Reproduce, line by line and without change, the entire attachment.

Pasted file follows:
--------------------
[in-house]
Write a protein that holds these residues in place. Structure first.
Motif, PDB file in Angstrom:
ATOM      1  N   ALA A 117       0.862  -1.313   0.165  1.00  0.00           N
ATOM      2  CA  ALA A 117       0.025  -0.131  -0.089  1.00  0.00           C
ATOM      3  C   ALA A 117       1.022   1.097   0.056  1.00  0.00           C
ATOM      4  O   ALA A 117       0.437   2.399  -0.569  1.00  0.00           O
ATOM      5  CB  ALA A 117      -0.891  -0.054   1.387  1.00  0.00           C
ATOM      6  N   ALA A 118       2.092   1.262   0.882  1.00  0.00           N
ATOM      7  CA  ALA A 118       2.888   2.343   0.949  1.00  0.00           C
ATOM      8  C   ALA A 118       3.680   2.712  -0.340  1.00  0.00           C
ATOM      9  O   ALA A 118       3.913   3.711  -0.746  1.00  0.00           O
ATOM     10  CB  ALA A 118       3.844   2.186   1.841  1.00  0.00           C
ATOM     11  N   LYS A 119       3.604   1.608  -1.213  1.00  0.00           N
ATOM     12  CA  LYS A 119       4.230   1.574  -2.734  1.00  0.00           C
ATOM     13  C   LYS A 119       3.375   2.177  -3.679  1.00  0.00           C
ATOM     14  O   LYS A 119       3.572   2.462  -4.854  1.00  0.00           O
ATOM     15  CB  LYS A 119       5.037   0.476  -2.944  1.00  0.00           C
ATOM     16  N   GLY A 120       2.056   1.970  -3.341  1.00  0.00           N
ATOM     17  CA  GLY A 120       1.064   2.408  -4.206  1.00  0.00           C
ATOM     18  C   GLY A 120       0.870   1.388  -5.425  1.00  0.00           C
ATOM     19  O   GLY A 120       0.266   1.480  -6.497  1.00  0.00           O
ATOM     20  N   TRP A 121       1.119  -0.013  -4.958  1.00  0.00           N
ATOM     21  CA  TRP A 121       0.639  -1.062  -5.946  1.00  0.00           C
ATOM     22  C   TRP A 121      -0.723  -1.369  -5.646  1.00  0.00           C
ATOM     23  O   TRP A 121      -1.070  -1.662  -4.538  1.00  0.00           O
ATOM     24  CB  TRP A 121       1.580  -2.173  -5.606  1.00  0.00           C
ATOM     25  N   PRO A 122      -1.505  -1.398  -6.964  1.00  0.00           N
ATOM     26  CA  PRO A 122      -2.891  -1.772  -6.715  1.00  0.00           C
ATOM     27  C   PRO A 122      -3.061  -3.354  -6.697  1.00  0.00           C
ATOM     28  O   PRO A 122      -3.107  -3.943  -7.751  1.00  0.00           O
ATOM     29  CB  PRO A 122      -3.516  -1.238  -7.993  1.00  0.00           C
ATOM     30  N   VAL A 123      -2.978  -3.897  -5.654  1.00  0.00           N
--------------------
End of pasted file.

[in-house]
Write a protein that holds these residues in place. Structure first.
Motif, PDB file in Angstrom:
ATOM      1  N   ALA A 117       0.862  -1.313   0.165  1.00  0.00           N
ATOM      2  CA  ALA A 117       0.025  -0.131  -0.089  1.00  0.00           C
ATOM      3  C   ALA A 117       1.022   1.097   0.056  1.00  0.00           C
ATOM      4  O   ALA A 117       0.437   2.399  -0.569  1.00  0.00           O
ATOM      5  CB  ALA A 117      -0.891  -0.054   1.387  1.00  0.00           C
ATOM      6  N   ALA A 118       2.092   1.262   0.882  1.00  0.00           N
ATOM      7  CA  ALA A 118       2.888   2.343   0.949  1.00  0.00           C
ATOM      8  C   ALA A 118       3.680   2.712  -0.340  1.00  0.00           C
ATOM      9  O   ALA A 118       3.913   3.711  -0.746  1.00  0.00           O
ATOM     10  CB  ALA A 118       3.844   2.186   1.841  1.00  0.00           C
ATOM     11  N   LYS A 119       3.604   1.608  -1.213  1.00  0.00           N
ATOM     12  CA  LYS A 119       4.230   1.574  -2.734  1.00  0.00           C
ATOM     13  C   LYS A 119       3.375   2.177  -3.679  1.00  0.00           C
ATOM     14  O   LYS A 119       3.572   2.462  -4.854  1.00  0.00           O
ATOM     15  CB  LYS A 119       5.037   0.476  -2.944  1.00  0.00           C
ATOM     16  N   GLY A 120       2.056   1.970  -3.341  1.00  0.00           N
ATOM     17  CA  GLY A 120       1.064   2.408  -4.206  1.00  0.00           C
ATOM     18  C   GLY A 120       0.870   1.388  -5.425  1.00  0.00           C
ATOM     19  O   GLY A 120       0.266   1.480  -6.497  1.00  0.00           O
ATOM     20  N   TRP A 121       1.119  -0.013  -4.958  1.00  0.00           N
ATOM     21  CA  TRP A 121       0.639  -1.062  -5.946  1.00  0.00           C
ATOM     22  C   TRP A 121      -0.723  -1.369  -5.646  1.00  0.00           C
ATOM     23  O   TRP A 121      -1.070  -1.662  -4.538  1.00  0.00           O
ATOM     24  CB  TRP A 121       1.580  -2.173  -5.606  1.00  0.00           C
ATOM     25  N   PRO A 122      -1.505  -1.398  -6.964  1.00  0.00           N
ATOM     26  CA  PRO A 122      -2.891  -1.772  -6.715  1.00  0.00           C
ATOM     27  C   PRO A 122      -3.061  -3.354  -6.697  1.00  0.00           C
ATOM     28  O   PRO A 122      -3.107  -3.943  -7.751  1.00  0.00           O
ATOM     29  CB  PRO A 122      -3.516  -1.238  -7.993  1.00  0.00           C
ATOM     30  N   VAL A 123      -2.978  -3.897  -5.654  1.00  0.00           N